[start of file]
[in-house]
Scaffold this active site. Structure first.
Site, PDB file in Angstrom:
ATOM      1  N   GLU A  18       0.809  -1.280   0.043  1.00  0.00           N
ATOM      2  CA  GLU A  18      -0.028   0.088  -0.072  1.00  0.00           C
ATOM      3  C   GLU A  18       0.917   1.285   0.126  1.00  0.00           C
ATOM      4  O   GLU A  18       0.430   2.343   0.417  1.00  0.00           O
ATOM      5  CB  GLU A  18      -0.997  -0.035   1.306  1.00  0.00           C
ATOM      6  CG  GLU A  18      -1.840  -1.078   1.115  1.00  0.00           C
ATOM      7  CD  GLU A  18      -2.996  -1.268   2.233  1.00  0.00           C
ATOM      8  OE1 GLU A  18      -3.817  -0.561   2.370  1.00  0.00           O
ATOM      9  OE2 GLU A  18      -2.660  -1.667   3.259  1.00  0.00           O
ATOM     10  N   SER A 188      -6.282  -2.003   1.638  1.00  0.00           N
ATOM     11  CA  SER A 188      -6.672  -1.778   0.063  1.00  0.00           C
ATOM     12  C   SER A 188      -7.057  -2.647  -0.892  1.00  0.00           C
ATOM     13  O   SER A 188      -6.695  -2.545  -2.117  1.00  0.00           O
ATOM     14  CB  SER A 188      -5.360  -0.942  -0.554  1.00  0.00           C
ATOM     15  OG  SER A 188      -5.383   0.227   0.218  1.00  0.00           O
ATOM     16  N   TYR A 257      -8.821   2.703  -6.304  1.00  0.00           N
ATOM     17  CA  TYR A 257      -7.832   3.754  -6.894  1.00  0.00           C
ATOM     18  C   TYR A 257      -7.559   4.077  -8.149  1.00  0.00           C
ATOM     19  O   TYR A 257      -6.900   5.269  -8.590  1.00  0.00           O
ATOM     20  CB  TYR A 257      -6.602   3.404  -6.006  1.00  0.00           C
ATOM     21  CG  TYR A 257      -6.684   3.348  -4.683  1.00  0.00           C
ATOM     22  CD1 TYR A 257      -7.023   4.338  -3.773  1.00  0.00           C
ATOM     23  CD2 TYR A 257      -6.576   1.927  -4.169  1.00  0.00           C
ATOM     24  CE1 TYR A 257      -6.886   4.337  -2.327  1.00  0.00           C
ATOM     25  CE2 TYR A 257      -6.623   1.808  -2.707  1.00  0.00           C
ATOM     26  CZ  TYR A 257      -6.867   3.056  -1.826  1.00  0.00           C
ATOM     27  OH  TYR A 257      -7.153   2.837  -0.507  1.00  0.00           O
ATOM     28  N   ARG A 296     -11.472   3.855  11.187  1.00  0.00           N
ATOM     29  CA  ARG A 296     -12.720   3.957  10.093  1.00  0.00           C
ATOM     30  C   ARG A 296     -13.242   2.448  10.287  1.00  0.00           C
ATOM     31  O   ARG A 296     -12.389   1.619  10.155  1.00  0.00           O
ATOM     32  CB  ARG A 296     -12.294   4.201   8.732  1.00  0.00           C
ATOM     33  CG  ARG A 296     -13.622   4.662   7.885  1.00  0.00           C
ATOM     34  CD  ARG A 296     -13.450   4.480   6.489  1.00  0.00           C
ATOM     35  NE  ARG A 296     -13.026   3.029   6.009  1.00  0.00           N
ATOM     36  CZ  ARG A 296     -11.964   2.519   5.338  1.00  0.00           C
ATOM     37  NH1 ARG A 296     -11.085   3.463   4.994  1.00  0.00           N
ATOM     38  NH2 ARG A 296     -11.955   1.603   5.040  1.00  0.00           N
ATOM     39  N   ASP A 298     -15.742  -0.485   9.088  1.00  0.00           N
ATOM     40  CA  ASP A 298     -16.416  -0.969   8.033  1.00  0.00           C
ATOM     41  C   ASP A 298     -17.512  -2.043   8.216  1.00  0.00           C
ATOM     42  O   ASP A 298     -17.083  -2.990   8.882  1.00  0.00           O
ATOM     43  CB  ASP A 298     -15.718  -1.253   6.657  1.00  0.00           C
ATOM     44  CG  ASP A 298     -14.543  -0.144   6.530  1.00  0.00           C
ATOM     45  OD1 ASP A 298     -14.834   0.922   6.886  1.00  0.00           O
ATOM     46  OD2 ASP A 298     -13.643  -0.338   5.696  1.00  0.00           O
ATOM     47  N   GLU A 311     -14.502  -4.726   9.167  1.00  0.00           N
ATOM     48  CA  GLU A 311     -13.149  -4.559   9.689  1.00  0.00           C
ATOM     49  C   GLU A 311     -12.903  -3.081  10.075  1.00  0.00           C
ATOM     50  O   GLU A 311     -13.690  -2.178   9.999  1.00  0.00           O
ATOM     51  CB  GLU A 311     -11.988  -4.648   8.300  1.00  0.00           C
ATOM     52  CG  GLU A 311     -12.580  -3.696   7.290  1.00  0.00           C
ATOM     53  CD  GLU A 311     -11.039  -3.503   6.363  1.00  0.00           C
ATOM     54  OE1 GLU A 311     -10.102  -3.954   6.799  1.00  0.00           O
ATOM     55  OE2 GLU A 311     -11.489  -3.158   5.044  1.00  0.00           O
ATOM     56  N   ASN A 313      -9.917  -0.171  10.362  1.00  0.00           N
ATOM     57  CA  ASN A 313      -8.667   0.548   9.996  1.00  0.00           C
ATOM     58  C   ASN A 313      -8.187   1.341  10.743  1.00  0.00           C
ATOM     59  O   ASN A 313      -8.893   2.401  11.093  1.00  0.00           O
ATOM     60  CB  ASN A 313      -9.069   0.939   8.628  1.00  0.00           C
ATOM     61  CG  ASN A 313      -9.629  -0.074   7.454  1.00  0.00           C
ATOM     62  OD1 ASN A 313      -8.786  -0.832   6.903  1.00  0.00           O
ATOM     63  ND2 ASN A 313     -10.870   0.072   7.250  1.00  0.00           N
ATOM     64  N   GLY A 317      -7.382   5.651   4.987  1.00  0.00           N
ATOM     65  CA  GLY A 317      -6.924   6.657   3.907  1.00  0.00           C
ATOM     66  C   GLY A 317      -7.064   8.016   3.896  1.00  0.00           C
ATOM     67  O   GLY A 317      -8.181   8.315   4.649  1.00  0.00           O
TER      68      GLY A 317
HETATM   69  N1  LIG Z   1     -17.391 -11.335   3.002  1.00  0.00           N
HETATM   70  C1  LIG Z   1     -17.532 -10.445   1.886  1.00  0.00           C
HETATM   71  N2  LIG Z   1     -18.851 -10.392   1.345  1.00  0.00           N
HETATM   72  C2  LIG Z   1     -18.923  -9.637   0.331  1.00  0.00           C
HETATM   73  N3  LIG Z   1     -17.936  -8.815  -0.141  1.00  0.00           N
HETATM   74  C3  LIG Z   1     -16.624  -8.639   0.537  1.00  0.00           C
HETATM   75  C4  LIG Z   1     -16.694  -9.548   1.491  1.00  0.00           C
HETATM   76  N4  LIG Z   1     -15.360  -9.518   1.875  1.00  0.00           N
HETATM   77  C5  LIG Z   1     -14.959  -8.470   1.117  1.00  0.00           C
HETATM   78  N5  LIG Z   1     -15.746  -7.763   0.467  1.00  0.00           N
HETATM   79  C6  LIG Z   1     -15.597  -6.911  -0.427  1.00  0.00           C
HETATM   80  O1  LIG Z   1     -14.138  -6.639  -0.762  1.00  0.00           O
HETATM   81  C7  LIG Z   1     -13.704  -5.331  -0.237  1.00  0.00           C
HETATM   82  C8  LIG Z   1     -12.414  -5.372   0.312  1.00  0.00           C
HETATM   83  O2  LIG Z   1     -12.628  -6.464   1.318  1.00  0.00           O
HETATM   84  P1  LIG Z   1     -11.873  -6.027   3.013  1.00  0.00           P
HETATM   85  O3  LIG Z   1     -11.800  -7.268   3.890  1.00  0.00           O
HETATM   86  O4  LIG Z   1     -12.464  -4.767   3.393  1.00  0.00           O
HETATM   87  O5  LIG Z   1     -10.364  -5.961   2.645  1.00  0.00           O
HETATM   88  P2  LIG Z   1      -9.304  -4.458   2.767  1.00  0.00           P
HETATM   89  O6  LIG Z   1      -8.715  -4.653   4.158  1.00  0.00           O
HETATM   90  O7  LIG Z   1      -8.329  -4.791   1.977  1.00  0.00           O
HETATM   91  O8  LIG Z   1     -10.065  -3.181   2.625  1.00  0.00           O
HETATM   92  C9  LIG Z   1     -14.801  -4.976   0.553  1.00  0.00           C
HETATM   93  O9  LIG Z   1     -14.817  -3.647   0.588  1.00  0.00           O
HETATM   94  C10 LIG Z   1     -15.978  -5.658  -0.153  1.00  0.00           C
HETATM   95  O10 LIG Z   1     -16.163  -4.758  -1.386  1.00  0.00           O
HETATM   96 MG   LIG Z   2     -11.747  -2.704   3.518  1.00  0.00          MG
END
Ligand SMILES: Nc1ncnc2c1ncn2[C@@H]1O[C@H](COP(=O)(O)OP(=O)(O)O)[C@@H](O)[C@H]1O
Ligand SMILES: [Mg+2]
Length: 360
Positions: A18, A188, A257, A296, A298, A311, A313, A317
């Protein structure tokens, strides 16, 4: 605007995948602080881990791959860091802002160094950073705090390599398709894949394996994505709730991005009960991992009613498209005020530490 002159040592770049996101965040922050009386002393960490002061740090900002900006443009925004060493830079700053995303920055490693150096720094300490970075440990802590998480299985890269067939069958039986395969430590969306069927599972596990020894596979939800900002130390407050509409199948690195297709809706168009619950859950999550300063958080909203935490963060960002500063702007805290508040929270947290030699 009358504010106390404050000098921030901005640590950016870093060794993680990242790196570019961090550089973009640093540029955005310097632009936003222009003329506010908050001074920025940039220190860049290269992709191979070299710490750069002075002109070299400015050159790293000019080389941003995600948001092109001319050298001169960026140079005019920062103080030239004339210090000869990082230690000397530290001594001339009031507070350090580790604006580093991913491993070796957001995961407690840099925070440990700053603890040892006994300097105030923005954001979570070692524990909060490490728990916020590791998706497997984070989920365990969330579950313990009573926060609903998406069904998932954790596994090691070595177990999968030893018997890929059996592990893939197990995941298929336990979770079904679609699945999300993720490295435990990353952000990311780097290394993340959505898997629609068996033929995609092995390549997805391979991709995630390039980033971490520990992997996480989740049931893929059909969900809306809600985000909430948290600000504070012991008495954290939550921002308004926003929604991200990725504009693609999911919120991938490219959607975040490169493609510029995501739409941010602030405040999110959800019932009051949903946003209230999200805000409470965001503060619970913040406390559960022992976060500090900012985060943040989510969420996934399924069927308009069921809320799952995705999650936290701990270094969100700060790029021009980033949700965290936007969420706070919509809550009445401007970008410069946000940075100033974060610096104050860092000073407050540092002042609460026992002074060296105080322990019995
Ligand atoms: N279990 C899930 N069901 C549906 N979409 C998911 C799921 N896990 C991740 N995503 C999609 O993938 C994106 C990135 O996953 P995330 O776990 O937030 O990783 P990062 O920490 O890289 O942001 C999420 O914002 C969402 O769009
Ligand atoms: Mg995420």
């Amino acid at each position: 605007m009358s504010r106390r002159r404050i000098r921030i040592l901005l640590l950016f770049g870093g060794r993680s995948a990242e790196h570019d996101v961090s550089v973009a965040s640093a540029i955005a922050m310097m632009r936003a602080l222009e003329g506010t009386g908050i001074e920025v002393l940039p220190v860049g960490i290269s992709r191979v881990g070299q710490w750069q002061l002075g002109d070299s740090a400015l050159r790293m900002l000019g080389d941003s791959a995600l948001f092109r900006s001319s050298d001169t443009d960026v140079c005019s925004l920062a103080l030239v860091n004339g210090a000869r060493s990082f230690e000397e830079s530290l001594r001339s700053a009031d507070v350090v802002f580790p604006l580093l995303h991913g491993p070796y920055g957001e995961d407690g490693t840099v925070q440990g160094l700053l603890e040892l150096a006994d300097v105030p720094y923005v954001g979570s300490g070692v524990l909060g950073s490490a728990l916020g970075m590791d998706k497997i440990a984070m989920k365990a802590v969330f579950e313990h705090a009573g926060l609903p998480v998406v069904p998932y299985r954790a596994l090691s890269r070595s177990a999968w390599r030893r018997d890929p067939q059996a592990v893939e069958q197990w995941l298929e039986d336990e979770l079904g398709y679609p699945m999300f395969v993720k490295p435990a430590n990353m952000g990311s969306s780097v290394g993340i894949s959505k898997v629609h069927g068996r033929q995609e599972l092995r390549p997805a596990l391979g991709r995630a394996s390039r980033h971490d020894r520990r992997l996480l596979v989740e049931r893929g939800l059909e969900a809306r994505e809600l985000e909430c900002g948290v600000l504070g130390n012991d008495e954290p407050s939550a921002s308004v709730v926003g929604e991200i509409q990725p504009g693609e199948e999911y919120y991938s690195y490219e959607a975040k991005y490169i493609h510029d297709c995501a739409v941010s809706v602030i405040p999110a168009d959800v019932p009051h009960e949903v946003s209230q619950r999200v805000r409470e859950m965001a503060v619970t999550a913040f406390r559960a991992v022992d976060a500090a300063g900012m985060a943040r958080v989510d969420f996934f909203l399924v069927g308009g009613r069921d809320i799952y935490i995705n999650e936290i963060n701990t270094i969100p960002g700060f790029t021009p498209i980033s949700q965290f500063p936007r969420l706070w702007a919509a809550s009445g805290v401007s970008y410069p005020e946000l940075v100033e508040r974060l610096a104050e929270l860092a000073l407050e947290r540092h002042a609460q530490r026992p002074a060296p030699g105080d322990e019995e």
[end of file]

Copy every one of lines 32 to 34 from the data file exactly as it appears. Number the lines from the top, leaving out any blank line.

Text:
ATOM     29  CA  ARG A 296     -12.720   3.957  10.093  1.00  0.00           C
ATOM     30  C   ARG A 296     -13.242   2.448  10.287  1.00  0.00           C
ATOM     31  O   ARG A 296     -12.389   1.619  10.155  1.00  0.00           O